Carbon neutral vs net zero: Clearing up the difference

Confused about carbon neutral vs net zero? The difference is in the details. We break down which is which when it comes to reducing air emissions. 

by Paula Galbiatti Silveira

There’s quite some confusion in the air about carbon neutral vs net zero. Do they mean the same thing? Even though both are related to air emissions management – they’re not interchangeable terms. To understand the distinction between the two, we take you into the details behind what they mean. 

Climate change and clearing up carbon neutral vs net zero

Talking about emissions means, first, talking about climate change.  

The United Nations Framework Convention on Climate Change (UNFCCC) of 1992 defines climate change in Article 1(2) as “a change of climate which is attributed directly or indirectly to human activity that alters the composition of the global atmosphere and which is in addition to natural climate variability observed over comparable time periods.”  

Within that, emissions, according to Article 1(4) of the UNFCCC, are defined as “the release of greenhouse gases (GHG) and/or their precursors into the atmosphere over a specified area and period of time.” 

To protect the climate and diminish emissions, countries agreed in the Paris Agreement to hold “the increase in the global average temperature to well below 2°C above pre-industrial levels and pursuing efforts to limit the temperature increase to 1.5°C above pre-industrial levels, recognizing that this would significantly reduce the risks and impacts of climate change” (Article 2(1) (a)). To achieve that, countries aim to (among others) achieve a balance between anthropogenic emissions by sources and removals by sinks of GHGs by mid-century.  

But what does this balance mean? Step one in understanding which term to use is identifying which kind of GHGs emissions you need to refer to. 

Emissions are more than carbon gases

Here, to understand the difference between carbon neutral vs net zero, we need to grasp exactly what GHGs are, as they are not only carbon gases (mainly CO2).  

According to the Intergovernmental Panel on Climate Change (IPCC), GHGs are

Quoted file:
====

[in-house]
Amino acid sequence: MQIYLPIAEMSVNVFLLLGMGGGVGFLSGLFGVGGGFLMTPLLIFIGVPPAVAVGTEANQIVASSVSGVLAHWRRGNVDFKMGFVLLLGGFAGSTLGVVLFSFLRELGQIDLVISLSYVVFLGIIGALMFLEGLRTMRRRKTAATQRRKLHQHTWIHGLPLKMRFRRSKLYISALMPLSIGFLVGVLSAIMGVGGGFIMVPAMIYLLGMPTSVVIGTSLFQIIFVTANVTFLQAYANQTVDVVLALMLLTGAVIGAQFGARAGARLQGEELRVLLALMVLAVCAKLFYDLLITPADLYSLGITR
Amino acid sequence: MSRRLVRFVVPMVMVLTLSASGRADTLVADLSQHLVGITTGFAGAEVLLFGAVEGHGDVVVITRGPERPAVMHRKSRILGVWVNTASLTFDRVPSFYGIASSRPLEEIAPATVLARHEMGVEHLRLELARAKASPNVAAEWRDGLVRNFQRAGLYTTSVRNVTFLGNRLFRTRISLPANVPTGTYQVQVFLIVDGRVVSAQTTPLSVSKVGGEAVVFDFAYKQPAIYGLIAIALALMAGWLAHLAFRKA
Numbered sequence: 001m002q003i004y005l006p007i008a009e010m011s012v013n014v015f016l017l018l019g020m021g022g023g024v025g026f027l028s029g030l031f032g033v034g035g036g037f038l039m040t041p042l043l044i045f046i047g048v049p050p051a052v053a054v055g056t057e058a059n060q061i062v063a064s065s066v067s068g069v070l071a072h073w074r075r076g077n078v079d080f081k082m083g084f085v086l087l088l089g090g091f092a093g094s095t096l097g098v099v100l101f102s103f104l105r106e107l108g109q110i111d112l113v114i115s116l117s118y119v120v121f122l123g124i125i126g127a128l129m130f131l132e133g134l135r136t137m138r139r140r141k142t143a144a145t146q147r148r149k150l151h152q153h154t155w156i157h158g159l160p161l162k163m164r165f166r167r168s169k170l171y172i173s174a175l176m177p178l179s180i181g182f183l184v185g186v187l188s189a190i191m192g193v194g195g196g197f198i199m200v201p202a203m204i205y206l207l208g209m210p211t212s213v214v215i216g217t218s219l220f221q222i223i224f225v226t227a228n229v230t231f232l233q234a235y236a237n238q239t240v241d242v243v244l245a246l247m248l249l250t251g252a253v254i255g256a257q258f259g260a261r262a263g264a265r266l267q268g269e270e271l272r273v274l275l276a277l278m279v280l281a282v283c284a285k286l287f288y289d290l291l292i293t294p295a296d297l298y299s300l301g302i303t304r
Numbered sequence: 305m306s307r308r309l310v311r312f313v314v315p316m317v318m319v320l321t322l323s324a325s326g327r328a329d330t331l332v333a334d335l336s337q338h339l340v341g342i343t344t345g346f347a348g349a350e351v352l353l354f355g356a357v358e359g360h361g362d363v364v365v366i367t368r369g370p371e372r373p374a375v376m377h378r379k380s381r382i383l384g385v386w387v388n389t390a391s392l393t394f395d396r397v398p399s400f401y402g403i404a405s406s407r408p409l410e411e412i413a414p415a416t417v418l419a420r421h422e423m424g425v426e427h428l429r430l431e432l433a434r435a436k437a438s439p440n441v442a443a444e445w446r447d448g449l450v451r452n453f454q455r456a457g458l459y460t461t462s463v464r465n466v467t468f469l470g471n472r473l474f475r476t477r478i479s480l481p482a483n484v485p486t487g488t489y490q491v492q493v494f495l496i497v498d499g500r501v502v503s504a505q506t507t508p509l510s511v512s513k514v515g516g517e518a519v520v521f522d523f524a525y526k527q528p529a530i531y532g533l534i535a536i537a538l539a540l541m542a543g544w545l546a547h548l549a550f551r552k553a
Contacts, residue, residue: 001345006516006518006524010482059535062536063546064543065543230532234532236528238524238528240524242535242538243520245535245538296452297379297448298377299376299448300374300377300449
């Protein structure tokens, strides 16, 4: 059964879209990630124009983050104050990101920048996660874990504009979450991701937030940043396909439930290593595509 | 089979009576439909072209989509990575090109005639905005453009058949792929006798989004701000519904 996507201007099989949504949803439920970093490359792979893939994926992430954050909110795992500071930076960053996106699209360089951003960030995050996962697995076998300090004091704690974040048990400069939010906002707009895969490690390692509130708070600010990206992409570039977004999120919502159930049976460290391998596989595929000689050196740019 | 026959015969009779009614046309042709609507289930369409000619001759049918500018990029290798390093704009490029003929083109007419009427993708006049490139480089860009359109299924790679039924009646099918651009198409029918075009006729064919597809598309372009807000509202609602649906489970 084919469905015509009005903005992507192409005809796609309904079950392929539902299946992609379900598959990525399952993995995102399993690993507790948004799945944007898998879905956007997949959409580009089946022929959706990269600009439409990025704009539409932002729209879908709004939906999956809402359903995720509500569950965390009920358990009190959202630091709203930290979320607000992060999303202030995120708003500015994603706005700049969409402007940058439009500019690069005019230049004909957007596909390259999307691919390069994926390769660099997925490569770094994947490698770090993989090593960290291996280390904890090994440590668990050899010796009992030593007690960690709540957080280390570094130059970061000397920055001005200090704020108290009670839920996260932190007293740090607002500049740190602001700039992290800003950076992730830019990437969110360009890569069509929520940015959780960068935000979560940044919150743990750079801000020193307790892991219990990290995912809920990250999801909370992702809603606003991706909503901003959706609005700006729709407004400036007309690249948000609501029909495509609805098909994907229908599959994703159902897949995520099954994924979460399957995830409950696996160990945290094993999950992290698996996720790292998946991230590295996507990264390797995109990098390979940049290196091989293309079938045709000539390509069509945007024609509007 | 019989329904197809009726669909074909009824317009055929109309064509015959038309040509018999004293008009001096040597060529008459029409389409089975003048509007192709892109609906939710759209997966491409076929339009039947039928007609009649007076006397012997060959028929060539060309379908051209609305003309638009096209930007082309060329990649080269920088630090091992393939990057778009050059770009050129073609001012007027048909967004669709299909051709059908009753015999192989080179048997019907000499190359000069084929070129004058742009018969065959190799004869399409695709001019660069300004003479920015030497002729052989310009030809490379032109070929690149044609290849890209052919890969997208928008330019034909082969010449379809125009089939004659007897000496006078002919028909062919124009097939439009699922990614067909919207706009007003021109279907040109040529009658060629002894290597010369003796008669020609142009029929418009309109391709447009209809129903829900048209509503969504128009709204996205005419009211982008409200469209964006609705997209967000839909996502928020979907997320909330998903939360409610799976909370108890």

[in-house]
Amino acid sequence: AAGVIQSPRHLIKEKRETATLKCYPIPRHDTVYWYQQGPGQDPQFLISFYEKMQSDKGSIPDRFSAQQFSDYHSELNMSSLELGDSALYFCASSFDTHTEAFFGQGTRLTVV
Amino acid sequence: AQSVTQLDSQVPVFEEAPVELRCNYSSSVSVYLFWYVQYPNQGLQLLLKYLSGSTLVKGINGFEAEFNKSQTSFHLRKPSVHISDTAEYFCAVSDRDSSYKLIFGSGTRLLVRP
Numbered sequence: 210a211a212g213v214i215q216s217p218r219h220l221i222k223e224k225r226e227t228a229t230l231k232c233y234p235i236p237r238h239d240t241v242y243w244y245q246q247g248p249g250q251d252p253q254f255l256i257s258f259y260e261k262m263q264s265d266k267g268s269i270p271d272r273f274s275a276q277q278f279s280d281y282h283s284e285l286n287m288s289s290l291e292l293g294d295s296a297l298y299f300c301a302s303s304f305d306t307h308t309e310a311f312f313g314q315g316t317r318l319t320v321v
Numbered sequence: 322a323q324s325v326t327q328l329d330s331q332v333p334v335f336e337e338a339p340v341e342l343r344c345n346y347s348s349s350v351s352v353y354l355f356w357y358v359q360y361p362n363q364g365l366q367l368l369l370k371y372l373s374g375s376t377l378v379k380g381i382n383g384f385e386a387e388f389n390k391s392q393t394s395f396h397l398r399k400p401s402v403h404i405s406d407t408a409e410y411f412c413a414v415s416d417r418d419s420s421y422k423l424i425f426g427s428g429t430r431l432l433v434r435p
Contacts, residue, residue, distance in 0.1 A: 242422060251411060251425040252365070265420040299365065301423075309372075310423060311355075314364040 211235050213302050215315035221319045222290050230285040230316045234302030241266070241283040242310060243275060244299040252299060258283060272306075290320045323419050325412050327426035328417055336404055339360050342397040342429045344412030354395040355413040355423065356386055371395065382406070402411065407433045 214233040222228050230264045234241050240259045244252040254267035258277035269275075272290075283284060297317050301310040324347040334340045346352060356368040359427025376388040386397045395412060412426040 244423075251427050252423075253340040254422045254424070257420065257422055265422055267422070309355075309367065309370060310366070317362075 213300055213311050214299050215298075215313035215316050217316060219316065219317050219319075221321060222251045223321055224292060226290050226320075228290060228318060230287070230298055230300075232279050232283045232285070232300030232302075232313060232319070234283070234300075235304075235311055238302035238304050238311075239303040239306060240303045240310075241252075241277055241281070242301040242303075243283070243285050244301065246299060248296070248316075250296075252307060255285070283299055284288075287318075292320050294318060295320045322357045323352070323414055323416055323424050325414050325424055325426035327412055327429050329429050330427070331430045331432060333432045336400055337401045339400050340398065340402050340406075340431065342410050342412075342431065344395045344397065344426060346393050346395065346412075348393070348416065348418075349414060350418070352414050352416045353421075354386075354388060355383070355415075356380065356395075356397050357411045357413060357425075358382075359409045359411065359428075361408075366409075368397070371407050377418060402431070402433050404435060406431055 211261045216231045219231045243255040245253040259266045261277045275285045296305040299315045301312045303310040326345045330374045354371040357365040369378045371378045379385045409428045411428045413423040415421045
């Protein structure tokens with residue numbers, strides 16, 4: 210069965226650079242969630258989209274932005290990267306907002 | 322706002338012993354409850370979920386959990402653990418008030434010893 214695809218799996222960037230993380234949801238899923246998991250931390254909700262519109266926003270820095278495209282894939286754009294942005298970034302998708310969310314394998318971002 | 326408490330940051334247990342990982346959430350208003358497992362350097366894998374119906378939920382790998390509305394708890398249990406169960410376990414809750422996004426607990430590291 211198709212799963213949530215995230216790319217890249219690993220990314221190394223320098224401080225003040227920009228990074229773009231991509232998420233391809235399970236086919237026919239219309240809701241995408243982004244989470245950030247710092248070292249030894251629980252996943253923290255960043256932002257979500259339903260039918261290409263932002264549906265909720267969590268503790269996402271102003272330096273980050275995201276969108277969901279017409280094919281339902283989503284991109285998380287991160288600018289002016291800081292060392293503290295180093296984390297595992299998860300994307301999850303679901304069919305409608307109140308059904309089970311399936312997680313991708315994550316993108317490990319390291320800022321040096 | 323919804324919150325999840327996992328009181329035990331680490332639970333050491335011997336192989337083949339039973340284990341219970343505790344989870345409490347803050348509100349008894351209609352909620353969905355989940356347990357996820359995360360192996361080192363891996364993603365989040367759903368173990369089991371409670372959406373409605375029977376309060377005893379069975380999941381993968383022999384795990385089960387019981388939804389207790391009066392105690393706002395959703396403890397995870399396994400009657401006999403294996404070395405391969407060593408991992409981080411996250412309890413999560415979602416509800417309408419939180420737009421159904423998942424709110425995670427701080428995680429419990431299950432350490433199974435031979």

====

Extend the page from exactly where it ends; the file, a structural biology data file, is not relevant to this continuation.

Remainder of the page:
“those gaseous constituents of the atmosphere, both natural and anthropogenic [or of human origin], that absorb and emit radiation at specific wavelengths within the spectrum of terrestrial radiation emitted by the Earth’s surface, the atmosphere itself and by clouds. This property causes the greenhouse effect.” 

According to the IPCC, the primary GHGs are: 

  • Water vapour (H2O) 
  • carbon dioxide (CO2) 
  • nitrous oxide (N2O) 
  • methane (CH4)  
  • ozone (O3) 

Besides, there are many GHGs entirely human-made, including halocarbons and other chlorine- and bromine-containing substances, regulated under the Montreal Protocol. Also, the Kyoto Protocol deals with the GHGs sulphur hexafluoride (SF6), hydrofluorocarbons (HFCs) and perfluorocarbons (PFCs). 

As a result, there are multiple terms to describe the objectives to reduce the different types of gases. 

Carbon neutral vs net zero … vs other terms

Looking at these various defining factors, we can pinpoint several different terms related to emission reduction goals – carbon neutral vs net zero, of course, but more than that. Under the IPCC are the following: 

Climate neutrality: “This term refers to the concept of a state in which human activities result in no net effect on the climate system. Achieving such a state would require balancing of residual emissions with emission (carbon dioxide) removal as well as accounting for regional or local biogeophysical effects of human activities that, for example, affect surface albedo or local climate.”  

Decarbonization: “This is the process by which countries, individuals or other entities aim to achieve zero fossil carbon existence. Typically refers to a reduction of the carbon emissions associated with electricity, industry and transport.” 

Net negative emissions: “A situation is achieved when, as result of human activities, more GHGs are removed from the atmosphere than are emitted into it. Where multiple GHGs are involved, the quantification of negative emissions depends on the climate metric chosen to compare emissions of different gases. These metrics include global warming potential, global temperature change potential, and others, as well as the chosen time horizon.” 

Net zero emissions: “Net zero emissions is when anthropogenic – or of human origin – emissions of GHGs to the atmosphere are balanced by anthropogenic removals over a specified period. Like with net negative emissions, where multiple GHGs are involved, net zero emissions is quantified differently depending on the type of gas emissions being compared.” 

Net zero CO2 emissions or carbon neutrality: “Different from net zero emissions, net zero carbon dioxide (CO2) emissions are achieved when anthropogenic CO2 emissions are balanced globally by anthropogenic CO2 removals over a specified period. This term can also be referred to as carbon neutrality.” 

Your final answer on carbon neutral vs net zero

Any of the terms above are correct, in the right circumstances. Yet when it comes to deciphering if your company means carbon neutral vs net zero, the answer simply depends on which gases you’re counting in your emissions accounting. While carbon neutral focuses on CO2, net zero includes all types of GHG emissions. But looking at the larger picture, carbon neutrality is one part of our net-zero journey which we can all work on together. 


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